In addition to all of the locations listed above, the Social Security Administration also has six Program Service Centers which are located regionally around the United States. There are Program Service Centers in the following cities: Jamaica, NY, Philadelphia, PA, Birmingham, AL, Chicago, IL, Richmond, CA, and Kansas City, MO. Each Program Service Center represents a region of the country and is responsible for processing disability claims, disability appeals, maintaining records and processing Title II claims.

Each of these service centers is run by dedicated Social Security employees who are working hard to process applications, evaluate a claimant’s personal information, review medical files, analyze earnings data and get the information to the next location to help the Social Security Administration make a disability determination for you, the disability claimant.

Does it take a long time to process Social Security Disability claims? Yes, but there are thousands of Social Security Disability applicants just like you who are waiting for their Social Security Disability benefits. It is easy to get discouraged. Talk to a Social Security Disability lawyer about what you information you need to increase your chances of having your disability application approved.

How to Claim Disability Benefits

Claiming Social Security Disability benefits from the Social Security Administration is a multi-step process. Patience and tenacity is name of the game. Social Security Disability Insurance or SSDI is available to workers who have been determined disabled by the Social Security Administration and have worked and contributed employment taxes to the Social Security Trust Fund. Disabled claimants who have not paid employment taxes and who have limited income and resources may qualify for Supplemental Security Income or SSI benefits.

How do you claim your disability benefits?

  1. Determine if you are disabled. Do you have a disabling mental or physical impairment which is so severe that you are unable to work for at least 12 months or is the condition expected to eventually cause your death? The Social Security Administration (SSA) will determine if they think you are disabled based on criteria they have established. In general, the SSA must determine you are unable to work your current job and do not have enough residual functional work capacity to be retrained for any other type of employment. Claimants may qualify if they have one severe condition or several conditions which together make it impossible to continue to work. Claimants applying for Social Security Disability Insurance must have earned enough work credits to qualify. The amount of credit needed will vary by age. Claimants do not have to wait 12 months to apply for SSI or SSDI benefits.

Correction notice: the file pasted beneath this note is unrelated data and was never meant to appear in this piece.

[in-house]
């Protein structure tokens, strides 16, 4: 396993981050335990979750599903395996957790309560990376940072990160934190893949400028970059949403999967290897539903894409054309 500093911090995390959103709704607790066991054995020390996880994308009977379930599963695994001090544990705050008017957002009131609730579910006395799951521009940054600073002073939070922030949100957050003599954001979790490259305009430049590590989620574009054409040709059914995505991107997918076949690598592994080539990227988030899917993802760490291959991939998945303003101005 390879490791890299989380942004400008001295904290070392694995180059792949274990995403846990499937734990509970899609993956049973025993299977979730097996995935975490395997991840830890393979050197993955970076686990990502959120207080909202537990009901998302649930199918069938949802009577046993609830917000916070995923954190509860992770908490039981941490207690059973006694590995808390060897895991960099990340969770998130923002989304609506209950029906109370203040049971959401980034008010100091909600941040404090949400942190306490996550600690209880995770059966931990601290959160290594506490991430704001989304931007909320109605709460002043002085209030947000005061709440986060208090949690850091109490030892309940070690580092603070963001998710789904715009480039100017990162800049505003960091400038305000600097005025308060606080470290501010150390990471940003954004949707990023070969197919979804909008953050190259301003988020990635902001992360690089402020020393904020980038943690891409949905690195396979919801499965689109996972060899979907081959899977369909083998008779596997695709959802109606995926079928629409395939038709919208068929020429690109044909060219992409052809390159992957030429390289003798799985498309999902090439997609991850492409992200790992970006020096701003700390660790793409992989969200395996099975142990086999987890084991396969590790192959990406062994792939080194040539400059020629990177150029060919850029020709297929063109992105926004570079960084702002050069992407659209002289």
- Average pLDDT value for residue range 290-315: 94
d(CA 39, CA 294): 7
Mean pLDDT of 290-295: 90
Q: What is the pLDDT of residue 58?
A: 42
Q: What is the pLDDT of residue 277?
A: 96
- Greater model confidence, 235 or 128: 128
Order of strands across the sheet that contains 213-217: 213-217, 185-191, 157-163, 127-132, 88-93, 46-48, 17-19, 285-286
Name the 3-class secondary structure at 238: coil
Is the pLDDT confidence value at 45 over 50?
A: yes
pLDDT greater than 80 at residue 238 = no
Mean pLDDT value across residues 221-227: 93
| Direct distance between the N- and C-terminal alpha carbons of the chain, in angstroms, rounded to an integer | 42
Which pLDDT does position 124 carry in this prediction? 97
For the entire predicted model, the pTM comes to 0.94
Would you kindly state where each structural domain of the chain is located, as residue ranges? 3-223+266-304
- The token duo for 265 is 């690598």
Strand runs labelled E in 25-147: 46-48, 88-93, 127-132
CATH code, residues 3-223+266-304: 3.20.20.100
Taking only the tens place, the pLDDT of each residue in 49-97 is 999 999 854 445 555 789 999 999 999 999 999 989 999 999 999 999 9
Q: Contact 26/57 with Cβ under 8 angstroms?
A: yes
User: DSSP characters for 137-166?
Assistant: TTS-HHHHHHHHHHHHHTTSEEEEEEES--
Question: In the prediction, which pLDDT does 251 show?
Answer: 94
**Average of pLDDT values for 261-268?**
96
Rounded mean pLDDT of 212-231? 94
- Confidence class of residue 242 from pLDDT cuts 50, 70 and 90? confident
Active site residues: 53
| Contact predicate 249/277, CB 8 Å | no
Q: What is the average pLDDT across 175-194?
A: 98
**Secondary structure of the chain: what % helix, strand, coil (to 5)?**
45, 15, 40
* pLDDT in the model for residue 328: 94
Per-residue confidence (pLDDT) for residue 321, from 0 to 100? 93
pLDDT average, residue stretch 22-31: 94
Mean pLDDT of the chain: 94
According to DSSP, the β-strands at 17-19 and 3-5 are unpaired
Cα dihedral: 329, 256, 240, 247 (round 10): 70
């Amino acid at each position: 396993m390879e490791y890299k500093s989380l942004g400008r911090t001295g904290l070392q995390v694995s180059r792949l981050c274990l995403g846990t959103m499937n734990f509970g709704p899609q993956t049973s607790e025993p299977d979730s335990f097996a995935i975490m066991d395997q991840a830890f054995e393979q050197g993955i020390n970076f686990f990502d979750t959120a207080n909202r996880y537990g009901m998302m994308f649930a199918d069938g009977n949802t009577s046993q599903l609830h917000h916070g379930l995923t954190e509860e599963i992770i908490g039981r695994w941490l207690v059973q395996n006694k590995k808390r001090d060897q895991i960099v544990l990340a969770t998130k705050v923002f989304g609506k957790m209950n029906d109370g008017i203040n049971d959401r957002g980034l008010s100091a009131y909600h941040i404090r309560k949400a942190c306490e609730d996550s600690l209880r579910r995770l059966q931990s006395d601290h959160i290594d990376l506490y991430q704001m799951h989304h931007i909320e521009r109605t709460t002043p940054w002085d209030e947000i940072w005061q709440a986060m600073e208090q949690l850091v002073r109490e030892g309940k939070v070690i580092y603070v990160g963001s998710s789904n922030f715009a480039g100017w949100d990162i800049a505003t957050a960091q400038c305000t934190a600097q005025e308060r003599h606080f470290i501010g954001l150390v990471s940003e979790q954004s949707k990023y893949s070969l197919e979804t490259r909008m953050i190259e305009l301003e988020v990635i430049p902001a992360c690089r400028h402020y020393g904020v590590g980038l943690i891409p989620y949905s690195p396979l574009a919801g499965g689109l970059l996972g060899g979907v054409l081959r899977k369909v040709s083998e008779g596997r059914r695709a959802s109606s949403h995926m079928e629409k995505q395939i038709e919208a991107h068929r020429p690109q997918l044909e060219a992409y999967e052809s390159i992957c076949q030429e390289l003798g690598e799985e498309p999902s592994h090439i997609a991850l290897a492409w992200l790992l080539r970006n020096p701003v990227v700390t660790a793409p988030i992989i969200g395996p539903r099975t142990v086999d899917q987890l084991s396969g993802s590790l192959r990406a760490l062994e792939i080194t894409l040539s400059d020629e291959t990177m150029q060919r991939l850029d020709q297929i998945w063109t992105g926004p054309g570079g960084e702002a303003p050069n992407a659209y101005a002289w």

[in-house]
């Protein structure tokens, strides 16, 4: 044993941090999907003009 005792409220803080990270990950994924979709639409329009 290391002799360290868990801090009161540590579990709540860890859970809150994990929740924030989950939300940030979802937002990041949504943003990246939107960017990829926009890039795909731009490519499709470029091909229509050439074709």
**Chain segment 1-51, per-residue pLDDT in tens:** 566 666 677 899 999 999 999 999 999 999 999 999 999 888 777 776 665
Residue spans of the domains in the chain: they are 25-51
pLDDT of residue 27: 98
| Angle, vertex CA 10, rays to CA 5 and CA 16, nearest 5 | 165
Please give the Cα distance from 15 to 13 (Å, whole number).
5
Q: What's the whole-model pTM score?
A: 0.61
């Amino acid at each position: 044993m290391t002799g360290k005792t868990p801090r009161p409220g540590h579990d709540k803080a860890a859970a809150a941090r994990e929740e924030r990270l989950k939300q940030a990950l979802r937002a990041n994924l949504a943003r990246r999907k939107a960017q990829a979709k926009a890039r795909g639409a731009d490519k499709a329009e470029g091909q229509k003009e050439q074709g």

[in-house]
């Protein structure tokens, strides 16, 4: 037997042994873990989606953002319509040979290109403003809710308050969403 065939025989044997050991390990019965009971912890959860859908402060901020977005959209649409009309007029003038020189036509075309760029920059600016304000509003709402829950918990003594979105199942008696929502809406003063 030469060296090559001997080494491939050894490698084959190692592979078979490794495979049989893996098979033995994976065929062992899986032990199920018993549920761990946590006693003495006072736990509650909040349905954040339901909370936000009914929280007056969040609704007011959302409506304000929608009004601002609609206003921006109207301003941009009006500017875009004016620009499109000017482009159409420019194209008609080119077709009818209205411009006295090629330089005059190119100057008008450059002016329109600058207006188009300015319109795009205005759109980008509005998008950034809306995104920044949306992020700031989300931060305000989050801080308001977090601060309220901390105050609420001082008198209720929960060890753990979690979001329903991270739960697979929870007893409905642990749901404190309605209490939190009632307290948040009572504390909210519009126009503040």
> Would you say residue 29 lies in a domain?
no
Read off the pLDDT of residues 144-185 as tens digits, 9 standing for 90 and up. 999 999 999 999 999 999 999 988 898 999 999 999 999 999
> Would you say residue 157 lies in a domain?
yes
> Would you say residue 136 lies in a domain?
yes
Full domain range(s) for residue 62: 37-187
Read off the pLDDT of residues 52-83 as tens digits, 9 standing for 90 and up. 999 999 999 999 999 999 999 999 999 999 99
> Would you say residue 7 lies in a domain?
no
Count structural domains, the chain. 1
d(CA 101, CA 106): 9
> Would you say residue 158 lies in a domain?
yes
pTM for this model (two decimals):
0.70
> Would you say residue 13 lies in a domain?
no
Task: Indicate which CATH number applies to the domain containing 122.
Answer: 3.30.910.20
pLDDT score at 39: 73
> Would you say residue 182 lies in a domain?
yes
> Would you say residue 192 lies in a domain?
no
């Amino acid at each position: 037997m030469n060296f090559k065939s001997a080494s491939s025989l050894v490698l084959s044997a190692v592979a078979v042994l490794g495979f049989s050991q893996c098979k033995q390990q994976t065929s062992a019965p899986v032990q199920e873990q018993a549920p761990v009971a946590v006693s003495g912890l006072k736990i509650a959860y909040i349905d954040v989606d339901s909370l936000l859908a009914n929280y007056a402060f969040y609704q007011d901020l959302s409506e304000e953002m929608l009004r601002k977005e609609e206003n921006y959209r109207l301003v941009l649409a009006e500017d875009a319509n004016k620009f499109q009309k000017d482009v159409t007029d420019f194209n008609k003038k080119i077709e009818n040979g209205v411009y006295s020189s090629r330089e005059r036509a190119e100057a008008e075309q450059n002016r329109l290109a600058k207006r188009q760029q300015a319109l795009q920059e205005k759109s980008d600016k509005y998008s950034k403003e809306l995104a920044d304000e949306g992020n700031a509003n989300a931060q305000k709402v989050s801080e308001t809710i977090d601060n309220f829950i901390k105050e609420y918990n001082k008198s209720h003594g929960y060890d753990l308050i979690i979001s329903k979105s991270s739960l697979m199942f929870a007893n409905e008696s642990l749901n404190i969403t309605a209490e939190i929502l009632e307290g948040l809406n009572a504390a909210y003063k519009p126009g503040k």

2. Apply for Social Security Disability benefits. This can be done online by visiting the Social Security Administration website at http://www.ssa.gov/disability or visiting the nearest Social Security Administration office. Claimants may also call the Social Security Administration at 1-800-772-1213 to schedule an in-person or telephone interview. Applicants must bring the following to their Social Security Disability appointments:
    • Copies of all work history information for the past 15 years
    • Copies of your most recent W-2 forms
    • All medical information including: doctors, hospitals, and clinics names, phone numbers and addresses
    • Social Security Number
    • Birth certificate
    • Dependent information
  3. Complete the Social Security Disability application and all necessary forms. Forms must be completed which give the Social Security Administration permission to gather medical records from all the medical facilities and doctors you have visited which have relevant information about your impairments. You must provide the names and addresses of all the medical providers and the dates you received service.
  4. Outline the reasons you are unable to work. You must give information for jobs you have worked in the past 15 years. Information provided will include: the job description, hours worked and the physical and mental requirements for each job.
  5. The Social Security Administration gathers medical documentation from your medical providers. Claimants often wonder why it takes so long for the Social Security Administration to make a decision about a claimant’s disability. Reasons vary, but the main one is the length of time it takes for hospitals and doctors to send medical records to the SSA.  The Social Security Disability examiner can not make a disability determination until they have receive all of your medical records.